This story originally appeared on LX.com
Wildfires are a natural part of the life cycle of a forest. But recently, fires have started breaking records, making headlines and creating apocalyptic-looking images, especially in the western U.S. and in Australia.
According to the National Interagency Fire Center, 2020 was the most destructive wildfire season in the U.S., with more than 10.27 million acres burned - an area larger than the entire states of Vermont and Connecticut, combined.
And it's not just a West Coast problem, either. Smoke from wildfires can cause hazy days all over the country and reduce air quality. Lots of you have questions about wildfires as we hear more about them - and we've answered them here, in a new NBCLX series we're calling LXplanation.
What causes wildfires?
As the great Bruce Springsteen once sang, you can't start a fire without a spark. Wildfires are no different - sometimes the spark comes from natural forces like lightning, or from human actions.
Human causes of wildfires could include “fireworks at gender reveal parties, incendiary ammunition, trains, you name it,” says Robert Field, an associate research scientist at Columbia University.
Lightning actually started some fires in summer 2020 in California. And at one point, the state was warning residents to not even mow the lawn - because the mower could spark a blaze.
"Lawn mowers are for GREEN grass and not dead/brown/tall native vegetation," a unit of the state's Department of Forestry and Fire Protection wrote on Facebook.
In summer, hot, sunny weather dries out plants. Extreme heat can accelerate that and the result is more fuel to burn - brush, trees, grasses.
Is climate change making wildfire season worse?
How is climate change making wildfires worse? Well, it's making fires larger, more frequent and more intense by creating more fire-friendly conditions.
“In the western U.S. there has been an increase in fire. And we know that from records going back to the 1980s, which is when reliable records really began...you see an increase in burned area," says Field.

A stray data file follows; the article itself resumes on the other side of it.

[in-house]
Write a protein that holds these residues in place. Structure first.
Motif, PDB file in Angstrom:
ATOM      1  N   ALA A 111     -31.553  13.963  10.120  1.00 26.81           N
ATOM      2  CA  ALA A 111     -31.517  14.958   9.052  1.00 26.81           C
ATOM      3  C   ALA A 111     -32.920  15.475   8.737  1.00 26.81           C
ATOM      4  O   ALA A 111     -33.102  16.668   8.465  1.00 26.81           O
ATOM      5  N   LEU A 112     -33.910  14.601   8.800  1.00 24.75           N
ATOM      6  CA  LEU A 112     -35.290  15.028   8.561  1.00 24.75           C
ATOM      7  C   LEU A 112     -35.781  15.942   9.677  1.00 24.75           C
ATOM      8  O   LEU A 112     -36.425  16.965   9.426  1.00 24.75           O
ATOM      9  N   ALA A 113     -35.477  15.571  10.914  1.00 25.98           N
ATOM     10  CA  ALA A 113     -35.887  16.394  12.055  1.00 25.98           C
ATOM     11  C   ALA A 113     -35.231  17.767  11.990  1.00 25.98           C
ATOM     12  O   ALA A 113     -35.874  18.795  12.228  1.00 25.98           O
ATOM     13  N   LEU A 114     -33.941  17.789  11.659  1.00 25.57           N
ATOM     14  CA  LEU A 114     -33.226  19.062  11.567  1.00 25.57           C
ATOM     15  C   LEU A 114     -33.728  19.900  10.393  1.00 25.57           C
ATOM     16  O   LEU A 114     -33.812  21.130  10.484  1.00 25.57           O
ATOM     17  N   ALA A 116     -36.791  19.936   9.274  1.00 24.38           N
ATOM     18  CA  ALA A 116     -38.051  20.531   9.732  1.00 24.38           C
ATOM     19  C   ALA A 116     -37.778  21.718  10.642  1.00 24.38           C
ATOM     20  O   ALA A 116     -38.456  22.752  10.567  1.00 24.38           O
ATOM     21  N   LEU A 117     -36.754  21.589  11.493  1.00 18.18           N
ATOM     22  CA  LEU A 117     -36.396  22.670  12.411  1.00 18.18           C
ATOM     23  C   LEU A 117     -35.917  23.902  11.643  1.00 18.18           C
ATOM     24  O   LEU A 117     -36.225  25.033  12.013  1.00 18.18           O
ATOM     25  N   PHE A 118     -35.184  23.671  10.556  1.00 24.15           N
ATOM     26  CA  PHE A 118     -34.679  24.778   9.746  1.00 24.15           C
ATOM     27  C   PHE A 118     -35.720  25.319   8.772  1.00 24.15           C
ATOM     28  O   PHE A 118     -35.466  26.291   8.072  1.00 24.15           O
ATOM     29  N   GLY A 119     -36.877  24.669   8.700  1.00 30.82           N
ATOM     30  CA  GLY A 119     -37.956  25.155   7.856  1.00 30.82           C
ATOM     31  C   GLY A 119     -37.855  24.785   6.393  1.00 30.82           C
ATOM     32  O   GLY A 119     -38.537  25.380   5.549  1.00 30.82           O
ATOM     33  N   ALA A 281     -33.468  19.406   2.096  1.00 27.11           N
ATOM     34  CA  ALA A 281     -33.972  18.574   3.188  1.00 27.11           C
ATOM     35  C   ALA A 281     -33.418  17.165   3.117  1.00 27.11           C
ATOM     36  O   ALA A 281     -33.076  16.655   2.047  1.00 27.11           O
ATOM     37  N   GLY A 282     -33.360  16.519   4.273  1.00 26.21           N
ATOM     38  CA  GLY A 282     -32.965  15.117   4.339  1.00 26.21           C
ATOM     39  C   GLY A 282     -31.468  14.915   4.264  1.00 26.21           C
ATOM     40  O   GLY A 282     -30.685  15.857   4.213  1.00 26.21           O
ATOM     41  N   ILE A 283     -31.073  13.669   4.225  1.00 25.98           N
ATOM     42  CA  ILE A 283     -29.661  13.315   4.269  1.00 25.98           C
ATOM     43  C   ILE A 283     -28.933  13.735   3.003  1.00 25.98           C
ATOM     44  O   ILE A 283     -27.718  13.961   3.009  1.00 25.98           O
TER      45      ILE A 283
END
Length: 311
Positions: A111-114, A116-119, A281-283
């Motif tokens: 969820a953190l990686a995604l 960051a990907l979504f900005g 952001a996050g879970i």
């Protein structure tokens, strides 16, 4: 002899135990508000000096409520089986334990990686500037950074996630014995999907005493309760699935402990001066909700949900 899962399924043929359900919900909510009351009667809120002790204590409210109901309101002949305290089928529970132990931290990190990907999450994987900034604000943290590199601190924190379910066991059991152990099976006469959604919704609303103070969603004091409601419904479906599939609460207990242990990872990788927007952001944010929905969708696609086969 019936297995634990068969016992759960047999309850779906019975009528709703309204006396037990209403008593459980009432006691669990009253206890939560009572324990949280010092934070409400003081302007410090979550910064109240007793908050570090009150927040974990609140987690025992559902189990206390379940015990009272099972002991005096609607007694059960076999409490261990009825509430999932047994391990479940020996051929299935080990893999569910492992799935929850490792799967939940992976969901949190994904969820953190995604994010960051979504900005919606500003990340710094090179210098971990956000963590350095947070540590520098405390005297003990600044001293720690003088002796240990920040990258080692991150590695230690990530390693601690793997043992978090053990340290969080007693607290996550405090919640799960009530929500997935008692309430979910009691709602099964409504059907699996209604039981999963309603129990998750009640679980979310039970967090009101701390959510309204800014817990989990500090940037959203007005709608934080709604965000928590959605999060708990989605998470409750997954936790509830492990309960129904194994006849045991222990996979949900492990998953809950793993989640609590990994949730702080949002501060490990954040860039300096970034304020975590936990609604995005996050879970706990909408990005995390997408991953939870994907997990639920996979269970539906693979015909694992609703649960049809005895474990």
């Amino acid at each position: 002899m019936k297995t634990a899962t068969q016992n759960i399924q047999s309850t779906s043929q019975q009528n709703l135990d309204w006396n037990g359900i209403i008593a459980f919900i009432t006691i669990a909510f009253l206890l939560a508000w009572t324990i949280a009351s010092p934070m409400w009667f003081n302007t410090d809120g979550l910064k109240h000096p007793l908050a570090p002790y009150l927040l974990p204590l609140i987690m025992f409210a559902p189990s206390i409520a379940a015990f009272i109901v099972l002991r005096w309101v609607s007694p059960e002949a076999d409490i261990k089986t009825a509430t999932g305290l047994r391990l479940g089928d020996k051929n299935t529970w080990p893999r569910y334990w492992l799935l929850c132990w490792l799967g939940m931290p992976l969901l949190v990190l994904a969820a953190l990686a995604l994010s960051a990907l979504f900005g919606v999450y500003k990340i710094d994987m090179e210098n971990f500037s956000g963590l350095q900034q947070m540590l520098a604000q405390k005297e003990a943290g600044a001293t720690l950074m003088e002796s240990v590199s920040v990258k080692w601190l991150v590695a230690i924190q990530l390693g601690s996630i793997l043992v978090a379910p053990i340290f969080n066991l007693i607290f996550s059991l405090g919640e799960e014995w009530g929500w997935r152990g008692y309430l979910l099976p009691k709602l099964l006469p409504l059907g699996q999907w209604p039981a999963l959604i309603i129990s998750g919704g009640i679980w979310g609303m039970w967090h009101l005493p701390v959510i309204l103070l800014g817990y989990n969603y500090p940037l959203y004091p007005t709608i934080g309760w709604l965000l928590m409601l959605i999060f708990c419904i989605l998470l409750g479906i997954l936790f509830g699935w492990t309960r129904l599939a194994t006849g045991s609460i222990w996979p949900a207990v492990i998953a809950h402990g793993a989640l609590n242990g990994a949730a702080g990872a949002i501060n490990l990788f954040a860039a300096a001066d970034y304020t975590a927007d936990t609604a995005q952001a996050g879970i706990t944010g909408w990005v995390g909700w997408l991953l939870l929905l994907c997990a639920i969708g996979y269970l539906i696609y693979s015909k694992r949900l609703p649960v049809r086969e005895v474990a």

We're also seeing long stretches of dry weather.
“Once wildfire season is upon us, we have more hot days, more variations in precipitation that create conditions for flammability that didn’t previously exist," says Lisa Dale of the Columbia University Earth Institute.
How do firefighters stop wildfires that are already burning?
Sometimes, the solution is not to extinguish a large fire. When a wildfire gets out of control, firefighters may decide to cut their losses and focus on containment.
Containment is when a fire is surrounded by barriers that will let it burn, but not keep spreading. Those barriers can be anything from a natural feature like a river, to previously burned land or even trenches dug by firefighters.
“Mostly we're waiting for the weather to change,” says Dale. “We’re waiting for rain, the winds to die down, the heat to break, conditions to change so that fire suppression can get a foothold in there and actually make a difference.”
What is a controlled burn or prescribed burn, and how does it prevent massive fires?
Sometimes, firefighters will start a small fire to hopefully prevent a bigger one down the road - it's called a prescribed burn, or a controlled burn.
"Prescribed fire is intentionally lighting the forest on fire," Kristen Shive, director of science at the Save the Redwoods League, previously told NBCLX. It's typically done in the spring or late fall, when temperatures are cooler and the ground is wetter.
Controlled burns can get rid of underbrush and other plant junk that could carry flames across more land, and help renew the forest.
"The idea is as you burn out those fuels, when a wildfire does come in the summer, it just isn't going to burn as severely because it doesn't have as much fuel for the fire," Shive said.